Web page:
After revealing an unprecedented spike in unemployment claims, he said, “You’ll see these numbers translating into unemployment rates that will be rather jaw-dropping.”
Newsom then predicted these rates will be seen not only in California, but across the country.
The state’s revised budget comes out on May 14, so specific unemployment numbers will be released then.
Newsom called the rise in unemployment claims “without precedent in our state’s history,” noting that 4.2 million people have now applied for Public Unemployment Assistance and $10.6 billion in aid has already been distributed.
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The spike in claims, Newsom said, has resulted in a massive $2 billion being distributed since Sunday.
“You’ll see these numbers reflected in budgets” both state and local, said the governor, before adding that, at the state and local levels “revenues are just falling off a cliff.” Newsom said those drops have happened “in just weeks, not months.”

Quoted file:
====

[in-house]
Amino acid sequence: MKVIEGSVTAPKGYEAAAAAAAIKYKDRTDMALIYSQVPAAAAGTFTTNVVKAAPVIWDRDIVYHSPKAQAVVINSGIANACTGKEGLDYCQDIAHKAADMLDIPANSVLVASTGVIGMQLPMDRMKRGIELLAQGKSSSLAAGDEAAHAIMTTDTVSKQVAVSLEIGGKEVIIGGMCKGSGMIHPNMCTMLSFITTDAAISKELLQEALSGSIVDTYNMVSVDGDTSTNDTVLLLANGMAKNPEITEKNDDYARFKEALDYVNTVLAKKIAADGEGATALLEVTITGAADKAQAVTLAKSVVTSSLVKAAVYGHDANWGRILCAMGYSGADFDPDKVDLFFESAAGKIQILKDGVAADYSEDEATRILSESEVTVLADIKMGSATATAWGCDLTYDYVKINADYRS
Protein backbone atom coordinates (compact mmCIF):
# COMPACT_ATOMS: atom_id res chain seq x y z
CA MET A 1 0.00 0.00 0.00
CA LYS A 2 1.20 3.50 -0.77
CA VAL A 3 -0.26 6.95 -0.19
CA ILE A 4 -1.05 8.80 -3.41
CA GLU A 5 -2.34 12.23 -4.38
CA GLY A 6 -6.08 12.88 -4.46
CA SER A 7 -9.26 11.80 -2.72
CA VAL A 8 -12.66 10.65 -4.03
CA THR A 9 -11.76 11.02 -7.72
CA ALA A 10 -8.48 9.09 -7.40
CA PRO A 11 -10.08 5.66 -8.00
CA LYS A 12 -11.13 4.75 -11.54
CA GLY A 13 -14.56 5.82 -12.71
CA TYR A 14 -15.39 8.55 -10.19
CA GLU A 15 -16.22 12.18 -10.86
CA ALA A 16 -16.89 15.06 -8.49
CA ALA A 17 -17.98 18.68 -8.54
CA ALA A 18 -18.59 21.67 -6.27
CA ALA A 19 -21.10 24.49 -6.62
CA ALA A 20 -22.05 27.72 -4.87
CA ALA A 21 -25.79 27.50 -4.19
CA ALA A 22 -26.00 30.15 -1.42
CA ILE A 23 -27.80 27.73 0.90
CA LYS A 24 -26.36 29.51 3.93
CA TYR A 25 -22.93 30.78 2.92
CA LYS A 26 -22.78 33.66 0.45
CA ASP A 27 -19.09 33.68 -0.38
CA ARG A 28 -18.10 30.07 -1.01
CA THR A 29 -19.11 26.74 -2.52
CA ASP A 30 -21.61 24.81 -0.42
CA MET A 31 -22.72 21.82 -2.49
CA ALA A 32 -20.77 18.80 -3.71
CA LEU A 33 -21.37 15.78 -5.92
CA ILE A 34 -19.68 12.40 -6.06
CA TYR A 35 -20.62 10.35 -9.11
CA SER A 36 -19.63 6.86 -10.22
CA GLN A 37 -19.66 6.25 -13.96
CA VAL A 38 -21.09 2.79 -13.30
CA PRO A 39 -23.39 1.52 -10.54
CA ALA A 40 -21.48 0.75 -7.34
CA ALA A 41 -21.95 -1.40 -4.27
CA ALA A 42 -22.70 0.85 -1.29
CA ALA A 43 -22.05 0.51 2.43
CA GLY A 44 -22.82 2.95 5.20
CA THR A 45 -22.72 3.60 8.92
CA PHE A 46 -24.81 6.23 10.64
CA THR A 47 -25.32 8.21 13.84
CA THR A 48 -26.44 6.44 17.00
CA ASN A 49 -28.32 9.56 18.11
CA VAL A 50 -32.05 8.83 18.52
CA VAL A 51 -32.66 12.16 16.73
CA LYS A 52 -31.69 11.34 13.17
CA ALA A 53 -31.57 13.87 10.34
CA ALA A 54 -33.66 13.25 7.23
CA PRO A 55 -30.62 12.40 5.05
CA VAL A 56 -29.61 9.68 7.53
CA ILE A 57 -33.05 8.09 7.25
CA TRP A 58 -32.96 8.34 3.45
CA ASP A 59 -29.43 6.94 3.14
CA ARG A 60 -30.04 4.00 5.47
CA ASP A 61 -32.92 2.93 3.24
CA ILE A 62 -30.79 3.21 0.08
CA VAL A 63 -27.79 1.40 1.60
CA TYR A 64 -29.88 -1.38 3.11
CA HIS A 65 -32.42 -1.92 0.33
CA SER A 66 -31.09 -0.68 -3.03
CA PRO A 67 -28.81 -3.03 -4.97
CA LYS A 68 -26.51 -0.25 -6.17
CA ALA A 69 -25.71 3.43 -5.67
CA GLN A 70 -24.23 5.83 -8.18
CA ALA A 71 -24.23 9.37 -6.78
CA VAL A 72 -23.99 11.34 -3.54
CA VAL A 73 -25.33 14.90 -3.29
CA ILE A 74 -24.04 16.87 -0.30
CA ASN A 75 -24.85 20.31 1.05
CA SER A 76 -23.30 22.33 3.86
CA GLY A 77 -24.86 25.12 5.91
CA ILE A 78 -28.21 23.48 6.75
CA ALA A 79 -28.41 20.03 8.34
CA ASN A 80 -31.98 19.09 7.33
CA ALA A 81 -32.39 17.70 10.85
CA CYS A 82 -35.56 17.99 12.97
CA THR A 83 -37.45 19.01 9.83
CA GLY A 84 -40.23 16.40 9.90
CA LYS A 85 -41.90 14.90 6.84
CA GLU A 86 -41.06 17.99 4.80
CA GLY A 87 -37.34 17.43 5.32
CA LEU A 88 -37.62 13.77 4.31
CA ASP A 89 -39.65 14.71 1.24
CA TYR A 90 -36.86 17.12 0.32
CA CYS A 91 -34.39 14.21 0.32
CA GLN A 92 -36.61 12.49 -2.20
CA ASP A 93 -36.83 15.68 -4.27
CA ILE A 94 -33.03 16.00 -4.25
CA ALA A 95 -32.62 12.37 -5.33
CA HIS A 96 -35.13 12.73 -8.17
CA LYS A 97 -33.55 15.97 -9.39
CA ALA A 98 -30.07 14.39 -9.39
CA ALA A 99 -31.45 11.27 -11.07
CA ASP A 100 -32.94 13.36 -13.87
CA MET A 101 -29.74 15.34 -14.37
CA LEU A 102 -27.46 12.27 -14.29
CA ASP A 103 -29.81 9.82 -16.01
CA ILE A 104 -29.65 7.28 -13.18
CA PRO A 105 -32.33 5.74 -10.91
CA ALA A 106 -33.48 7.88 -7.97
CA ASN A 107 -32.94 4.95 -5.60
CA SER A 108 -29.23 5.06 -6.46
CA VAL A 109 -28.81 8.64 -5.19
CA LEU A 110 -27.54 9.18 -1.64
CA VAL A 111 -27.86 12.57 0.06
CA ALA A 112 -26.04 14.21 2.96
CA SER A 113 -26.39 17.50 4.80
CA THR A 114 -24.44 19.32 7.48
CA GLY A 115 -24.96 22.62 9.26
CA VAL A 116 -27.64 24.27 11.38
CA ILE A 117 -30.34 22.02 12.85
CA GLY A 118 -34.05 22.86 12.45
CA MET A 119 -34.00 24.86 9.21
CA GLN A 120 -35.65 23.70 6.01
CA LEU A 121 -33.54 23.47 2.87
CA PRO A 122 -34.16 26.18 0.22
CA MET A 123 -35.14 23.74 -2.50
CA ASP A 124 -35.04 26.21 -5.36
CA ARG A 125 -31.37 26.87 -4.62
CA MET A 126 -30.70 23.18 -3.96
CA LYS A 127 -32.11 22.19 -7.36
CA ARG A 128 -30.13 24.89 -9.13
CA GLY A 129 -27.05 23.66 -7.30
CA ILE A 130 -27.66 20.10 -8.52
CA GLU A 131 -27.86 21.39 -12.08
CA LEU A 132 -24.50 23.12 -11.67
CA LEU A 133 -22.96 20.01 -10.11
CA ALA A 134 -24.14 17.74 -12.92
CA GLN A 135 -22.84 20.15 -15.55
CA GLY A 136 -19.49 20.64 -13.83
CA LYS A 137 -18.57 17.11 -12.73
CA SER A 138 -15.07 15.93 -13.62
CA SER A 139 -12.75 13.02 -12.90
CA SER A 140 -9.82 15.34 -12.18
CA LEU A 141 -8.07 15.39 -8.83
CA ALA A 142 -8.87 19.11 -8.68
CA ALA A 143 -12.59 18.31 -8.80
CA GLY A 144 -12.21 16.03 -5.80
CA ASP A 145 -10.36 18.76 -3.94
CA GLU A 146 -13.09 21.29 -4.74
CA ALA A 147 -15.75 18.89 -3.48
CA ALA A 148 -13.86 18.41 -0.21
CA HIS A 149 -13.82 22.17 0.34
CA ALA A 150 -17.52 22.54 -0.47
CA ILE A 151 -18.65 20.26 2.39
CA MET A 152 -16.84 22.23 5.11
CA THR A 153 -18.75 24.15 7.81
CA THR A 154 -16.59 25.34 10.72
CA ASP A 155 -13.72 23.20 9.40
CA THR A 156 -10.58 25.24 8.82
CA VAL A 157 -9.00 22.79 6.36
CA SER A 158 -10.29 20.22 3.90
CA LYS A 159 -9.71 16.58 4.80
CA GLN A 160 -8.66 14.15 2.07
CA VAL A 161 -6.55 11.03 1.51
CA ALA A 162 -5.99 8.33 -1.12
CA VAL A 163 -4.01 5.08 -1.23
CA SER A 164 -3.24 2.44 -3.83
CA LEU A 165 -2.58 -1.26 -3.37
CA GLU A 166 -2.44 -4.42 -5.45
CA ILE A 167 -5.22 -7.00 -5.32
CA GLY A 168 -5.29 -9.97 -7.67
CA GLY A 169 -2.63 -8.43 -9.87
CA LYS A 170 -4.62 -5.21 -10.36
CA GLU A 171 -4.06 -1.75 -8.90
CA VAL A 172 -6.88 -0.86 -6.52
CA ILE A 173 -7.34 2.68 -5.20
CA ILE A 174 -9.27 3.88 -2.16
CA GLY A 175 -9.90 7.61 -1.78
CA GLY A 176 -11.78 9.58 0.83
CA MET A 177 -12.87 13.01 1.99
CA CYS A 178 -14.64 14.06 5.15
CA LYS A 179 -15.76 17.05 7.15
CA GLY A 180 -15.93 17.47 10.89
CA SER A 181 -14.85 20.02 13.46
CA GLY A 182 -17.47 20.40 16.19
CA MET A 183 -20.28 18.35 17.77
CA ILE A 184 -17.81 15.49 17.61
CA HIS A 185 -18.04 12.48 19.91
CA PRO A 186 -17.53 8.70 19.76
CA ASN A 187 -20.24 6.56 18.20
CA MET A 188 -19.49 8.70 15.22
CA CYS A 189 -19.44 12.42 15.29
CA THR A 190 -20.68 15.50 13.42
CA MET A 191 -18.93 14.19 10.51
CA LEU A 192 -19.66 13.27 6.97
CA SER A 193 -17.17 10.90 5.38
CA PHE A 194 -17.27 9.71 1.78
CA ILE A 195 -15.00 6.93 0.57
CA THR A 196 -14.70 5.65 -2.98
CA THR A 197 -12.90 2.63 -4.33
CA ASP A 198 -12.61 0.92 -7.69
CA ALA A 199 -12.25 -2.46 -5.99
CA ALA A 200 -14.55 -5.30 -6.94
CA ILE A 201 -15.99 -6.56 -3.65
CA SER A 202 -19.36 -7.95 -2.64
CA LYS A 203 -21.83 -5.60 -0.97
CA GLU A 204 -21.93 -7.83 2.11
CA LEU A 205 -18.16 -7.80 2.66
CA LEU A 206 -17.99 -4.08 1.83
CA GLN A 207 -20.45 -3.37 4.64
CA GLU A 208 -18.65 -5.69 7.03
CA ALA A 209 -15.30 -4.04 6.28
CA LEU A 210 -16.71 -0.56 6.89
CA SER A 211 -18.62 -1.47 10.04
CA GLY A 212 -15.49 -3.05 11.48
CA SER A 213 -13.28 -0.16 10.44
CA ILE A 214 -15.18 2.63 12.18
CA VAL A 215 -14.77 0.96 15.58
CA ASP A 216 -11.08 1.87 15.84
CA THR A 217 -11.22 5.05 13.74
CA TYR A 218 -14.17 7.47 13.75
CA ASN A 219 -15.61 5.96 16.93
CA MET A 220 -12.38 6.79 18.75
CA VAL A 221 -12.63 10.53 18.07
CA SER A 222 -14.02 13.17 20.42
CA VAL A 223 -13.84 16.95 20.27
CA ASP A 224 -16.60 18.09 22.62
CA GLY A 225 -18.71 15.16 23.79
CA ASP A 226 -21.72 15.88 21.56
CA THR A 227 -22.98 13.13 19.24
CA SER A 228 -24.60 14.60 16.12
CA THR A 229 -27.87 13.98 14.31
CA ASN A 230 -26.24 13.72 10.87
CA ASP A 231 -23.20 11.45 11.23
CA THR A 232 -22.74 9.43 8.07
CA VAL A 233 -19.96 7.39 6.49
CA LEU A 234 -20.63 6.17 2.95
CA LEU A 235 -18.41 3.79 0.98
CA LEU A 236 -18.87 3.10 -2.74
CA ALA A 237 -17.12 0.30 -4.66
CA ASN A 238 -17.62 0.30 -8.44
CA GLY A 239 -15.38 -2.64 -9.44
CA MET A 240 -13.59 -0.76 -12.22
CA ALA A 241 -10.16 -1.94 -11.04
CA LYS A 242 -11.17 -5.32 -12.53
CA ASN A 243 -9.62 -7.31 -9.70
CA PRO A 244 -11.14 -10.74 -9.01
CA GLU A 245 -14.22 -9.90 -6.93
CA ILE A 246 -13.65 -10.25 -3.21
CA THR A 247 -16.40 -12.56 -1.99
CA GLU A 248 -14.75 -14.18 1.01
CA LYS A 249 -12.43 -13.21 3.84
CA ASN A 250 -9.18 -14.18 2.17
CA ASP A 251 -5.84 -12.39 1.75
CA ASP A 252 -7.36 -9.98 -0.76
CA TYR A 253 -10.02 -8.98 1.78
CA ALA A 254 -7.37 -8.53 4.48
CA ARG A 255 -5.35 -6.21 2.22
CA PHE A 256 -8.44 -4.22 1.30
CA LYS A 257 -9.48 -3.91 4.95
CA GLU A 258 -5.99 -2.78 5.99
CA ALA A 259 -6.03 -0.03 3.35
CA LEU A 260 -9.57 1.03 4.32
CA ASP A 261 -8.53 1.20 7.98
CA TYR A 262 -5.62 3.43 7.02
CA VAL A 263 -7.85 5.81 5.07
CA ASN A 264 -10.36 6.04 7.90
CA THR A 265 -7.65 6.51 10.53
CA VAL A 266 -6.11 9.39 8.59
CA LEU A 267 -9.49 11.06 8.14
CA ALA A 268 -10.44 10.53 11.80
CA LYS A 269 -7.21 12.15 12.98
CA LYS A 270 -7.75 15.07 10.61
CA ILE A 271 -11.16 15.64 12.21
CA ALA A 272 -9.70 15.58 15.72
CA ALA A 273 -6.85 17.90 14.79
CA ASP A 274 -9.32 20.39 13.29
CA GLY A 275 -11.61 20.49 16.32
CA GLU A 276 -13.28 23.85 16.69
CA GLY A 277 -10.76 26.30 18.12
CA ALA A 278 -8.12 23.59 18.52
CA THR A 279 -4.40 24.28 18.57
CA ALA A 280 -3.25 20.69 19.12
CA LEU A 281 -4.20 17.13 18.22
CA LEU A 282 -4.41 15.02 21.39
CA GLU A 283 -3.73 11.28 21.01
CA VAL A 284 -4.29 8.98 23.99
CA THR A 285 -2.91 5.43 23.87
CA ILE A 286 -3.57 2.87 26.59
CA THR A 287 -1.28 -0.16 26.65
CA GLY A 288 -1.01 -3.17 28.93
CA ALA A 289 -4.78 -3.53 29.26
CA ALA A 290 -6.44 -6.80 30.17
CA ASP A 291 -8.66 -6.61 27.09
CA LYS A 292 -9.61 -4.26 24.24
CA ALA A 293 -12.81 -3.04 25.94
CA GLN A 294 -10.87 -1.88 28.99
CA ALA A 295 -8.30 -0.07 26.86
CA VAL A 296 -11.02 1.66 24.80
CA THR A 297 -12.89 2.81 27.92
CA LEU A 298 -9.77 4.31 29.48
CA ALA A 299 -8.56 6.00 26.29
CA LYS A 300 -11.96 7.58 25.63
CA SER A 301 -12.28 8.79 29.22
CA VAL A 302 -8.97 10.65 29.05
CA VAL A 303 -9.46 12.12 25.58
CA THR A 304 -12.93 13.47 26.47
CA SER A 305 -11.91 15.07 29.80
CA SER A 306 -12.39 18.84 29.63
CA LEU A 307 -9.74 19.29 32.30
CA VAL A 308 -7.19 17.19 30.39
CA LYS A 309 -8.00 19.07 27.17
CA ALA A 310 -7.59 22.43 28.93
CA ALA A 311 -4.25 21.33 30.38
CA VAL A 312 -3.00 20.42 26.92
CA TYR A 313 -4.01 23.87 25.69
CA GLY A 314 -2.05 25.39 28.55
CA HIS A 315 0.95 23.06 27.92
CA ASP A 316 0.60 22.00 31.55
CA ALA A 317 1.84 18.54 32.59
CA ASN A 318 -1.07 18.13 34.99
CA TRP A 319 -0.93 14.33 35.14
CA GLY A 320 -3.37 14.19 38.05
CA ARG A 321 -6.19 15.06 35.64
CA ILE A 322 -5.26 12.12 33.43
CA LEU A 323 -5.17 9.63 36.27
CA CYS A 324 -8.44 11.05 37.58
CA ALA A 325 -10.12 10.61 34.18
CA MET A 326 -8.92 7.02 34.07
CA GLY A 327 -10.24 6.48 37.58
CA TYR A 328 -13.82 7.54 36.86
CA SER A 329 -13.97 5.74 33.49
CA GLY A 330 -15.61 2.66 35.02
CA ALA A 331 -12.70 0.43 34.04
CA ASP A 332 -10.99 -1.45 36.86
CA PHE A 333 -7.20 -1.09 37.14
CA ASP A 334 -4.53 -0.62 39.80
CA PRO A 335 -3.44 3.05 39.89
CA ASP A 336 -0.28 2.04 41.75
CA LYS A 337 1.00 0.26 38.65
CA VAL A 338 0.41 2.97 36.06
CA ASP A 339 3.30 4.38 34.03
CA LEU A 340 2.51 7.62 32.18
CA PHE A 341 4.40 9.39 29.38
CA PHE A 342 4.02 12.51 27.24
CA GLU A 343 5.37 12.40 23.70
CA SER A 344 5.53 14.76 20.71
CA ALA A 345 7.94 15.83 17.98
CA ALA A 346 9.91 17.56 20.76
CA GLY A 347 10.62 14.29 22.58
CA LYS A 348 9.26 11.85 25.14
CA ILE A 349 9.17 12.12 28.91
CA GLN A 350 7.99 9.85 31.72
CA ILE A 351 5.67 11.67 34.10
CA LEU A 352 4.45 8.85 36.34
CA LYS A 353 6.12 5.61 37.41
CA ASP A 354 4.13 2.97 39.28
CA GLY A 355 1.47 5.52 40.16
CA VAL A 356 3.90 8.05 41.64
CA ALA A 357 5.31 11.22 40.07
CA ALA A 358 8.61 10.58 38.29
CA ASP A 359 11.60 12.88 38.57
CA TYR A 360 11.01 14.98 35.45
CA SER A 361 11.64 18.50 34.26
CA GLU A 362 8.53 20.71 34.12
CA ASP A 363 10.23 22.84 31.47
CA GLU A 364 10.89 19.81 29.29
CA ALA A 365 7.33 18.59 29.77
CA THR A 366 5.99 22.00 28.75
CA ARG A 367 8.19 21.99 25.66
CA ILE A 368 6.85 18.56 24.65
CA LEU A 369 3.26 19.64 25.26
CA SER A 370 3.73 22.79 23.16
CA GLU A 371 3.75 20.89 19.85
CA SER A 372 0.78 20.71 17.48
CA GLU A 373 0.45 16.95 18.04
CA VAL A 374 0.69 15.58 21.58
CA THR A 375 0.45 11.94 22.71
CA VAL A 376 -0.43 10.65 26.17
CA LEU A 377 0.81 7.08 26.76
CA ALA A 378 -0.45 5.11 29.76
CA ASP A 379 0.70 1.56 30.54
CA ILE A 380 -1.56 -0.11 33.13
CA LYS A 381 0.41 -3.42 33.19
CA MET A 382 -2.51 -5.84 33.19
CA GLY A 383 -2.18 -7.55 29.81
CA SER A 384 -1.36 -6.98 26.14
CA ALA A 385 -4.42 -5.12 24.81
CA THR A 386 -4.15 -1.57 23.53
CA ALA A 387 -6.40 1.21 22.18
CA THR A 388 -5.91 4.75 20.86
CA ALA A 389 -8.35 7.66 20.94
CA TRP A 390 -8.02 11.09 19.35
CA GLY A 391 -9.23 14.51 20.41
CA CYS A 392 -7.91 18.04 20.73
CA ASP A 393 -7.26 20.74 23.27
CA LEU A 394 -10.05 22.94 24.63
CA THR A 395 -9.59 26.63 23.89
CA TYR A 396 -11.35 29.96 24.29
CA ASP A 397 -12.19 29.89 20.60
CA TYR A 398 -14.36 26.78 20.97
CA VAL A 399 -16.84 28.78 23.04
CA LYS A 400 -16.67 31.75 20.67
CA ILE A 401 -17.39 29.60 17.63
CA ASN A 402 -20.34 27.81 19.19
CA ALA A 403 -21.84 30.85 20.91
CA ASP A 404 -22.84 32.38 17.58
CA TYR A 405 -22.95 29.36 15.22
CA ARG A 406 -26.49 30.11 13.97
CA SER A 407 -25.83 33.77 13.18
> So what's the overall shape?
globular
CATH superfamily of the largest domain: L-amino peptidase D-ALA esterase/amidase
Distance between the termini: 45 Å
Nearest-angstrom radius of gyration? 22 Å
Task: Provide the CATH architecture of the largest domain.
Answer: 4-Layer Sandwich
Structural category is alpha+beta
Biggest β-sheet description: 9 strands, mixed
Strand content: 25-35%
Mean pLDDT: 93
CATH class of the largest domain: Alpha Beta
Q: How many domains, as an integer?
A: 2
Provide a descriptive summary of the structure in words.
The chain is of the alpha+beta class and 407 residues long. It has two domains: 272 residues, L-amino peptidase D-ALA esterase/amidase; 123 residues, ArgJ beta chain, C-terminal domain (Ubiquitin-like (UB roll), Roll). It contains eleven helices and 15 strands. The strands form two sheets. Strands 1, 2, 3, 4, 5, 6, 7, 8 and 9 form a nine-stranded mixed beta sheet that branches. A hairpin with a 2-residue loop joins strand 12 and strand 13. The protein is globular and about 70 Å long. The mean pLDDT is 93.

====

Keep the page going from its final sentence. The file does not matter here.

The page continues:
Any recovery, said the governor, “will take a lot longer than people are saying.”
“We’ve never experienced anything like this in our lifetime,” he went on grimly. “This is Depression-era numbers in terms of the unemployment across the country — not just in the state.”
“Just do the math on the number of Californians who have filed for unemployment just since March 12,” urged the governor. “We had record low unemployment in January, record surplus, and you’re gonna see a budget [on May 14] that comes out tens of billions of dollars short of where it needs to be.”
How bad has it been nationally? According to the New York Times on Wednesday, U.S. payrolls reportedly plummeted by 20 million jobs in April 2020. Government numbers coming Friday, reports the paper, will reveal the losses were even worse than that. According to NYT, those figures “will undoubtedly show that job losses in April were the worst ever.”
As for California, “Ww are accountable to balance our budget,” said Newsom, noting the state cannot just print money. “We can’t do this without the Federal Government.”
“We really need leadership at the federal level,” said the Governor, “to provide the magnitude of support” that will match the crisis.
Newsom predicted that the road to economic recovery will be long and will be measured in years, not months.
“I’m not of this opinion,” said the governor, “that this [drop in economic activity] is a quick V and we’re going to come back in a few months. The next few years, we’re going to have to work through these challenges.”
In closing, said Newsom, “We have our work cut out for us.”
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